From the Guardian - hand-pollinating crops, growing meat in labs and dealing with the stench of scavenging fungus – this is the future we face

"A couple of years ago we heard news that 50% of all vertebrate species had disappeared in 40 years. On Thursday, we were greeted with news that by 2020 the figure is likely to rise to 66% of all vertebrates. It is no wonder that the conservationists are shouting. It is no wonder that they are so desperate to get their message heard. Animals, it seems, are on the way out. And no one appears to much care.

So, allow me to entertain the idea of a post-animal Britain. Could we make the best of this world, in true Theresa May fashion? Are animals, perhaps, all a bit overrated? Maybe it wouldn’t be so bad?

Sure, there would be some tough choices at first. One particularly pressing matter would be finding a way to cross-pollinate flowering crops. As is well known, trees and insects co-evolved, the plants offering a sugary reward to insects in return for their pollination services. How might we achieve this without bees and flies? Simple. The problem of cross-fertilisation could quite simply be solved by robots or people on day release from jail (or even children who don’t get into grammar schools). They could be made to hand-fertilise flowers. They could be like little unthinking bees."

The full article can be read here.

Dakota Access pipeline protesters set for 'last stand' on banks of Missouri river

From the Guardian - completion of controversial oil pipeline near as work moves quickly, but one protester says: ‘There is no time for waiting any more’

"Native American protesters are preparing to take a “last stand” against the Dakota Access pipeline after police raided their camps and arrested hundreds, paving the way for construction of the final stretch of the controversial oil project.

The Standing Rock protesters in North Dakota have been fighting the $3.8 bn pipeline since April but were dealt a blow last week when police successfully pushed them off the property where construction is rapidly advancing.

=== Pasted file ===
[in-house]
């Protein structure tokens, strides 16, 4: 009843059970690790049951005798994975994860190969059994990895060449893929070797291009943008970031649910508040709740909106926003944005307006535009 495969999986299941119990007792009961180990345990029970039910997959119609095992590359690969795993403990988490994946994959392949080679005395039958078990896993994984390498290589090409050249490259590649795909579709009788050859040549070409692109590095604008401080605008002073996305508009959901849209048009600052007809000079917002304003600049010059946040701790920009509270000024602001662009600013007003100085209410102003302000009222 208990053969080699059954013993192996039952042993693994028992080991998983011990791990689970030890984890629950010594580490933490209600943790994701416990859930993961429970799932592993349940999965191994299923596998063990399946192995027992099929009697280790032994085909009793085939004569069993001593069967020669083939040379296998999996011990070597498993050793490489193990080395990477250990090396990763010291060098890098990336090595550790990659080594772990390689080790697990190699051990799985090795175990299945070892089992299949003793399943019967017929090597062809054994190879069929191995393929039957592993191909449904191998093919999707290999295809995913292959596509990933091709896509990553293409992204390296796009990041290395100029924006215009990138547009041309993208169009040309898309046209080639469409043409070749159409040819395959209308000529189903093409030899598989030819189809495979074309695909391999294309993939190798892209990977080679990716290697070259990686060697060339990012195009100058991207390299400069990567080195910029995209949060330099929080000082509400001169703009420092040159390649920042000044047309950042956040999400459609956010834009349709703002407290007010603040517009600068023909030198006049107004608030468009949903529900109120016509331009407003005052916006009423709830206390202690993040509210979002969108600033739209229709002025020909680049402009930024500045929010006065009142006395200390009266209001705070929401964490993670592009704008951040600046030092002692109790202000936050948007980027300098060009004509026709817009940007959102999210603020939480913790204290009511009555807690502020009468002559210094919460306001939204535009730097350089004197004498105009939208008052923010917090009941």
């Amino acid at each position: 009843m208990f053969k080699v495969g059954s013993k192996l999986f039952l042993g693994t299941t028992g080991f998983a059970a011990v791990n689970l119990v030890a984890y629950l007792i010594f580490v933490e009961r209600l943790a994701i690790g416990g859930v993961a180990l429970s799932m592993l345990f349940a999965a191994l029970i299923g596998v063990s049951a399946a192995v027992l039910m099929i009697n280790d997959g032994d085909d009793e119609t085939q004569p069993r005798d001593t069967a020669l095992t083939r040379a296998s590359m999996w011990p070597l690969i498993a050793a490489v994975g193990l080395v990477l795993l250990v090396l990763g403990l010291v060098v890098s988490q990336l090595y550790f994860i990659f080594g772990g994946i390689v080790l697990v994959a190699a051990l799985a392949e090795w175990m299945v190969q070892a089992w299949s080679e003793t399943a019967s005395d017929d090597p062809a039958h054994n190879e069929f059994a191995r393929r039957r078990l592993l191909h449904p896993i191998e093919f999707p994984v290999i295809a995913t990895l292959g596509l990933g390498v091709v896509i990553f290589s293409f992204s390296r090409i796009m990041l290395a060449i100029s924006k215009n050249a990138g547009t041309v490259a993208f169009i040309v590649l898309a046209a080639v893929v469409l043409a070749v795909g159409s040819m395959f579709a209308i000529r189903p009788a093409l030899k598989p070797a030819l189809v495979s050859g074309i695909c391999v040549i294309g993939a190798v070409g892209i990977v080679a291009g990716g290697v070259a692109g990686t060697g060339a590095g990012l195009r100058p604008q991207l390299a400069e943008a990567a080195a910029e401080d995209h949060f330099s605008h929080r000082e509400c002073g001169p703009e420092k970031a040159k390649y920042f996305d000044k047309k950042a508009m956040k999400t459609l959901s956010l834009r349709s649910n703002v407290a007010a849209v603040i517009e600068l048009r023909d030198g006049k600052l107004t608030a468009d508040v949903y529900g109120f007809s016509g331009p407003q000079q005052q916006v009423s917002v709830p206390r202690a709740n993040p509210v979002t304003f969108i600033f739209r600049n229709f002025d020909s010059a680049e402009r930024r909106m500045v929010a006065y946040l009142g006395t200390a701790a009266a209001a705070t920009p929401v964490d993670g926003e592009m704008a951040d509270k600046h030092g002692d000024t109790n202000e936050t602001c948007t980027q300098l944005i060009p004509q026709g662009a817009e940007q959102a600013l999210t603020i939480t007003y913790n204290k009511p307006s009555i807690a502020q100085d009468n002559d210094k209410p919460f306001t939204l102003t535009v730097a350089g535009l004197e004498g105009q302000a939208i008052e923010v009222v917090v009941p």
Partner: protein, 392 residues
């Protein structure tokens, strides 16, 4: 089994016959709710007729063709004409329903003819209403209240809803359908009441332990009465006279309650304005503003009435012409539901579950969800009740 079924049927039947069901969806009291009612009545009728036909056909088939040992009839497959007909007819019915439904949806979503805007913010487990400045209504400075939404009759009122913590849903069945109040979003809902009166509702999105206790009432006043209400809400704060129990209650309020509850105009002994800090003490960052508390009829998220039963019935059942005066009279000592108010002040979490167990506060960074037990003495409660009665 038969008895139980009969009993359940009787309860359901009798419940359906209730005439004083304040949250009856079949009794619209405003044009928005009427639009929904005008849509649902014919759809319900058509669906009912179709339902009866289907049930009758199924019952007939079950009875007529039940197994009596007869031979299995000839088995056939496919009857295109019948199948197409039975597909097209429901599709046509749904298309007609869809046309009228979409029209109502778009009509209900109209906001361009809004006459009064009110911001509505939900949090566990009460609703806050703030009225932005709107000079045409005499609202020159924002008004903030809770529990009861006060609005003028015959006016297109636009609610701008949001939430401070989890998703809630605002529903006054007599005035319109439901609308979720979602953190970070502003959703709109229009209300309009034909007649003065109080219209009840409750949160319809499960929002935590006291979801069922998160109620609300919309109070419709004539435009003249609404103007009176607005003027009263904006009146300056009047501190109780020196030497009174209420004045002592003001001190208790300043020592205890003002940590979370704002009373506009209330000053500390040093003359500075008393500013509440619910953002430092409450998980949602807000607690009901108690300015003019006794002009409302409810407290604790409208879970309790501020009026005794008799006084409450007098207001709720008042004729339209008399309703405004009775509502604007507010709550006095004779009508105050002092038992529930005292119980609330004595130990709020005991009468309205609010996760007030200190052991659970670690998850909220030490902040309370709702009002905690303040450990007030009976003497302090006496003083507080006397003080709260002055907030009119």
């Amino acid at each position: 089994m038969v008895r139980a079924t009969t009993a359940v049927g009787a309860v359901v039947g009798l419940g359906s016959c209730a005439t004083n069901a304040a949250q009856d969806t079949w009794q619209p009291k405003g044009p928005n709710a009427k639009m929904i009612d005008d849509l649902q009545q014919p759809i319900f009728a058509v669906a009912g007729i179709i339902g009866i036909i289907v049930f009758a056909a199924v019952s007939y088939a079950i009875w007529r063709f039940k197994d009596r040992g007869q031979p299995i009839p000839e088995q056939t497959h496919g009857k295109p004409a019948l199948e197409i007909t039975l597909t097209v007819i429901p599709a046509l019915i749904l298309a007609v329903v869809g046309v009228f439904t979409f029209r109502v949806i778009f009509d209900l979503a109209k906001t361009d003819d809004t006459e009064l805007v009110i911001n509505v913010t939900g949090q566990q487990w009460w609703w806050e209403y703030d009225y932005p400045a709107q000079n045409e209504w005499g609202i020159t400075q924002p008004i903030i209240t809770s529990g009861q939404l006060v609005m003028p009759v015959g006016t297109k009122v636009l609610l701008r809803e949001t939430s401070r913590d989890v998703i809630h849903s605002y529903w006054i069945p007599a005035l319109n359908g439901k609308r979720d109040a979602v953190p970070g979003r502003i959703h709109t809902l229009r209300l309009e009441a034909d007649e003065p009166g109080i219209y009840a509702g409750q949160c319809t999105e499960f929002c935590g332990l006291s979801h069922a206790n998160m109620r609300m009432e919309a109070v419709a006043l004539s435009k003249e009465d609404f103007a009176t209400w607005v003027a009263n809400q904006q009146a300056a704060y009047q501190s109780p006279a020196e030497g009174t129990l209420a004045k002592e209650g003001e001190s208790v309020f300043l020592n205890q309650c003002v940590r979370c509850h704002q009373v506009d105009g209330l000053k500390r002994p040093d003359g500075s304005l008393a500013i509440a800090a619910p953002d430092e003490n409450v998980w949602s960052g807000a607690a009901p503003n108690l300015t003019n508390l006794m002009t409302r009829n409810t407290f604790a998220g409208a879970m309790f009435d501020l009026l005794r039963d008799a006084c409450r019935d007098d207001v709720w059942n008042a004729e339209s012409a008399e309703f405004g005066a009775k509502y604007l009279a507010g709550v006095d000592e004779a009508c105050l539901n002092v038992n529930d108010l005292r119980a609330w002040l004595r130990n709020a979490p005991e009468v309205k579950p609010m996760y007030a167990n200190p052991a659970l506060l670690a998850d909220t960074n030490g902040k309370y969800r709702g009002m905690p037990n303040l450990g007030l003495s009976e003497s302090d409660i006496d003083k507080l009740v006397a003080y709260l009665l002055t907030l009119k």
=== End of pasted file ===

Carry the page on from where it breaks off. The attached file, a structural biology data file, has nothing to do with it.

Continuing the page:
While claims of excessive use of force by police and inhumane treatment in jail have sparked national outrage, native leaders camped out in the cold in Cannon Ball said they have also grown increasingly concerned that time is running out to stop the project on the ground. Pipeline workers, they say, are getting frighteningly close to the sacred water of the Missouri river.

“There isn’t much land left between the water and the equipment,” said Cheryl Angel, a member of the Sicangu Lakota tribe who in the spring helped form the first Sacred Stone camp for protesters who call themselves “water protectors”.

“They’re right there. They have breached our sacred ground. There is no time for waiting any more,” the 56-year-old said, tears streaming as she gestured toward the water and encroaching pipeline. “It is almost complete. All they need to do is go under that river.”

The full article can be read here.

Sunday, 30 October 2016

Dakota Access pipeline: Native Americans allege cruel treatment

From the Guardian - activists released after arrest treated ‘like we’re not human beings’. Standoff with law enforcement continues with peaceful Saturday rally.

"Native Americans protesting against the Dakota Access pipeline (DAPL) on Saturday accused law enforcement officers of cruel and inhumane treatment in jail, but said mass arrests and violent confrontations with police would not deter them from fighting construction of the oil project.